Definition of guiro in English:

guiro

noun

  • A musical instrument with a serrated surface that gives a rasping sound when scraped with a stick, originally made from an elongated gourd and used in Latin American music.

    • ‘Chilean-born Marco Claveria (vocals, tres, guiro, acoustic guitar) was introduced into the mix, then trombonist J.C. Jones was replaced with the duelling brass of Jim and Craig Brenan.’
    • ‘Larger bands have trumpets and strings as well as extensive percussion sections in which maracas, guiros, and bongos are primary instruments.’
    • ‘Then there were one or two battered tambourines for those of us who might later on in life decide to join the Salvation Army, and there was a guiro too (very Latin!).’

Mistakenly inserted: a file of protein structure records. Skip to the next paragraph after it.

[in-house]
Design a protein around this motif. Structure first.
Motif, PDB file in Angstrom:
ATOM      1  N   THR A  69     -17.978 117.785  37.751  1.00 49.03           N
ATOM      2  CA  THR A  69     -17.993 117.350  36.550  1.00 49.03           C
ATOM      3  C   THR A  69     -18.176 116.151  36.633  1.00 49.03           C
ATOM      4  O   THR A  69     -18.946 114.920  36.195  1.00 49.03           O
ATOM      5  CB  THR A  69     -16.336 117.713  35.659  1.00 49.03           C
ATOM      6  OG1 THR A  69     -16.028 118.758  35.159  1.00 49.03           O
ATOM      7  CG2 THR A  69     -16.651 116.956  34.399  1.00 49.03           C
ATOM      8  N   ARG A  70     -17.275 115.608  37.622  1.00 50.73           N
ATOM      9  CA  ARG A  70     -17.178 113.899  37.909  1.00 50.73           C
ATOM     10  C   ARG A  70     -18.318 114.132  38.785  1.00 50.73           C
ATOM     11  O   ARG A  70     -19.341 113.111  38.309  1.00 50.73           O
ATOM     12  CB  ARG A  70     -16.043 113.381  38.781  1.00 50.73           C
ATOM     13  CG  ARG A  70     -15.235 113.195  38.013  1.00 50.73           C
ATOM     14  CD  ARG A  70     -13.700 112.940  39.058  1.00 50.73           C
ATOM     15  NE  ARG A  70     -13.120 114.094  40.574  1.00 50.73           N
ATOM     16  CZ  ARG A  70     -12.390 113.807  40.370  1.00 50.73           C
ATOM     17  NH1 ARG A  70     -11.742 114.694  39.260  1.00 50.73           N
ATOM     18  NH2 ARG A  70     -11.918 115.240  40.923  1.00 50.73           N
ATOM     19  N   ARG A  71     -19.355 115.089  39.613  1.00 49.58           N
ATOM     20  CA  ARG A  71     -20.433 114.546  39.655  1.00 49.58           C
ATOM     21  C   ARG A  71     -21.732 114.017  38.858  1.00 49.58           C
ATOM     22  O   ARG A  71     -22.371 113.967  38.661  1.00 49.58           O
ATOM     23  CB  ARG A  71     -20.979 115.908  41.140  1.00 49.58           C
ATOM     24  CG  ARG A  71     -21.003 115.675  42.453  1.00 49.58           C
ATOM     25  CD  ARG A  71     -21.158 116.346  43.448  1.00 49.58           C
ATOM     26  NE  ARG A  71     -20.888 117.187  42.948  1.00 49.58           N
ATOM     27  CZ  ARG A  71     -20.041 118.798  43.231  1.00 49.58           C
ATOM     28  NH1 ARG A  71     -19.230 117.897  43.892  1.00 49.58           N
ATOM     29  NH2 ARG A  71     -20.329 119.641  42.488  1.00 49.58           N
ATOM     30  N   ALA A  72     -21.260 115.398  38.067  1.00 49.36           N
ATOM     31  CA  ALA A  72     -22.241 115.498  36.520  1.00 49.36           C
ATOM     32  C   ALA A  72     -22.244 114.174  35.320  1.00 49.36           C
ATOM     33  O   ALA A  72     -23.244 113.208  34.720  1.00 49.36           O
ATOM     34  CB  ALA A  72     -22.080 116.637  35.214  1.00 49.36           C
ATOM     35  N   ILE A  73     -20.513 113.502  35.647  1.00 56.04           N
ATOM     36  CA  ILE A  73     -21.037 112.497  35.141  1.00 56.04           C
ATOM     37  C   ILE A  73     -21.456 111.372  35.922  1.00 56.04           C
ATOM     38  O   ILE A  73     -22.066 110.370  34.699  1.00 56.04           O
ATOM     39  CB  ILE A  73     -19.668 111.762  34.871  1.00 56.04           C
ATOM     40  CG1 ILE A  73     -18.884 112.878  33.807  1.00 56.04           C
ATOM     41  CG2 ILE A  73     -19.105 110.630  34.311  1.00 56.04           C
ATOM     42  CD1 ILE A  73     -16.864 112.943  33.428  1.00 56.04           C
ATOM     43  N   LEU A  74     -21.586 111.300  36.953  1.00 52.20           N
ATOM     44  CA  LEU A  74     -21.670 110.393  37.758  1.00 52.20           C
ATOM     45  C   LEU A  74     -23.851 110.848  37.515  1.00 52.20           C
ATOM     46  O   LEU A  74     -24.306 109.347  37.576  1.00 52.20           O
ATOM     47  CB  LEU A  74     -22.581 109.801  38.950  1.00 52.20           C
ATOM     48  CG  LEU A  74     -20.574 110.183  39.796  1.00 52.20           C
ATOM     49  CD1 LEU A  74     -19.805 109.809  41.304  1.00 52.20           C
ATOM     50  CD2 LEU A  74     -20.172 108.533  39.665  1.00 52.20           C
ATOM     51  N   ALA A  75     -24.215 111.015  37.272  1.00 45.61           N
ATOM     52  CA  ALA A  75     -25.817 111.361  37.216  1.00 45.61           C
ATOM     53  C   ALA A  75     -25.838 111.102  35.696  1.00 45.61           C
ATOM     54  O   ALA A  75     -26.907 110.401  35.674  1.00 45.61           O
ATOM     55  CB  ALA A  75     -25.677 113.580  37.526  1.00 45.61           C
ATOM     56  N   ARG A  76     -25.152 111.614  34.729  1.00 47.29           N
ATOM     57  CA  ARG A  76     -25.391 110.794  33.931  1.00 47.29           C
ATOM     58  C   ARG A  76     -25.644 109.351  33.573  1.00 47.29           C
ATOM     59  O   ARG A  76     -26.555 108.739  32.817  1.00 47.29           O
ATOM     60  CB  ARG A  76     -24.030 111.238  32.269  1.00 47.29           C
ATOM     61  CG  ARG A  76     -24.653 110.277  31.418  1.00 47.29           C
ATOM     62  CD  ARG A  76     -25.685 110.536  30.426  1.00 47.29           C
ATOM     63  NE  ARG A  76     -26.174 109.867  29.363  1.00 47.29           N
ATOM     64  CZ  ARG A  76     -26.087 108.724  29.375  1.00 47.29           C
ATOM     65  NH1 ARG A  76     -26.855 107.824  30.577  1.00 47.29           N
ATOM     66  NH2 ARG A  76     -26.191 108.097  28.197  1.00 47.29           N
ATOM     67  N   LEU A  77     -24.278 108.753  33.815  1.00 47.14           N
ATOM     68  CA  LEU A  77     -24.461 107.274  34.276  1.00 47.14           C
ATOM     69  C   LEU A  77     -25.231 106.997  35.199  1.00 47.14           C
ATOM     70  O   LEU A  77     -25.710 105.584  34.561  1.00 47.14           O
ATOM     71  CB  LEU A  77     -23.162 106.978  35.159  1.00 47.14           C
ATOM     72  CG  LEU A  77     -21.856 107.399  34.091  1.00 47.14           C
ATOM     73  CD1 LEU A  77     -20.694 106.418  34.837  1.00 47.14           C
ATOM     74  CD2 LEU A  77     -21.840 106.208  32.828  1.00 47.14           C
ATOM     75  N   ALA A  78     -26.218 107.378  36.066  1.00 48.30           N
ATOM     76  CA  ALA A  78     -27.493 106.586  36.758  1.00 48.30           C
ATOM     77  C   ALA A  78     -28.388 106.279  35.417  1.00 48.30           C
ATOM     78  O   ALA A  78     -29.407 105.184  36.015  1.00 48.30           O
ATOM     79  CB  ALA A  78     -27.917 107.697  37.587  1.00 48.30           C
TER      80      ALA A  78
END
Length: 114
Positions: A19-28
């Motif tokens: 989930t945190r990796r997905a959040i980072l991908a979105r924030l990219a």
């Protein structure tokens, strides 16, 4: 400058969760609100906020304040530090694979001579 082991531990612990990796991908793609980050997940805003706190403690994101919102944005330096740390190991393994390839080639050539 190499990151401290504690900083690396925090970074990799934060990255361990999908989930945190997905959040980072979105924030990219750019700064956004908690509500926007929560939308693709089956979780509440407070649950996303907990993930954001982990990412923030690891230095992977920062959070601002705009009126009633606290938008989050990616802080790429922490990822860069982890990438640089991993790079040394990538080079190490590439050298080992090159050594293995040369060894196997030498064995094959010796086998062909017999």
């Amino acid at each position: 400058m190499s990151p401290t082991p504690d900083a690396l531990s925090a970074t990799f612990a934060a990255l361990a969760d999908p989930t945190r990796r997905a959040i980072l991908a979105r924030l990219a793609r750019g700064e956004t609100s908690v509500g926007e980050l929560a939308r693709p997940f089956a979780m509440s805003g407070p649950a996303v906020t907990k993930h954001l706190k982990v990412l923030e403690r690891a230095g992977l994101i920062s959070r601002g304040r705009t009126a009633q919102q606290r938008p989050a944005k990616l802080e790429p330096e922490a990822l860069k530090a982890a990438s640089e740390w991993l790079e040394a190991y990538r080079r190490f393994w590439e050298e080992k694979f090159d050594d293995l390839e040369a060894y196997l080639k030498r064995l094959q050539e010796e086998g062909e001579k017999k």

• ‘However, the entrance of a clear cumbia rhythmic pattern played by the guiro, as well as a new rhythmic emphasis provided by the congas in measure 9, reverses our rhythmic interpretation of the introductory passage.’
    • ‘It then simmers down into a spacy section featuring the gongs before the other instruments rejoin with a guiro for the climax.’
    • ‘It seemed that every bar, no matter how tiny, had wedged a trio of musicians into a corner - one singing, one playing guitar and another scratching out a raspy beat on the guiro, a hollow gourd played with a stick.’
    • ‘Out of the dry, prolonged scraping of six guiros, a stomping ‘Red and black dance’ emerges, and as it crumbles and reconstitutes itself it picks up enormous momentum.’
    • ‘At this moment, the loudspeakers fill the club with the distinctly raw and powerful tuba, guiro, and tarola (snare drum) sounds of Bostich's hit ‘Polaris.’’

Origin

Late 19th century: Spanish, literally gourd.

Pronunciation:

guiro

/ˈɡwi(ə)ˌrō/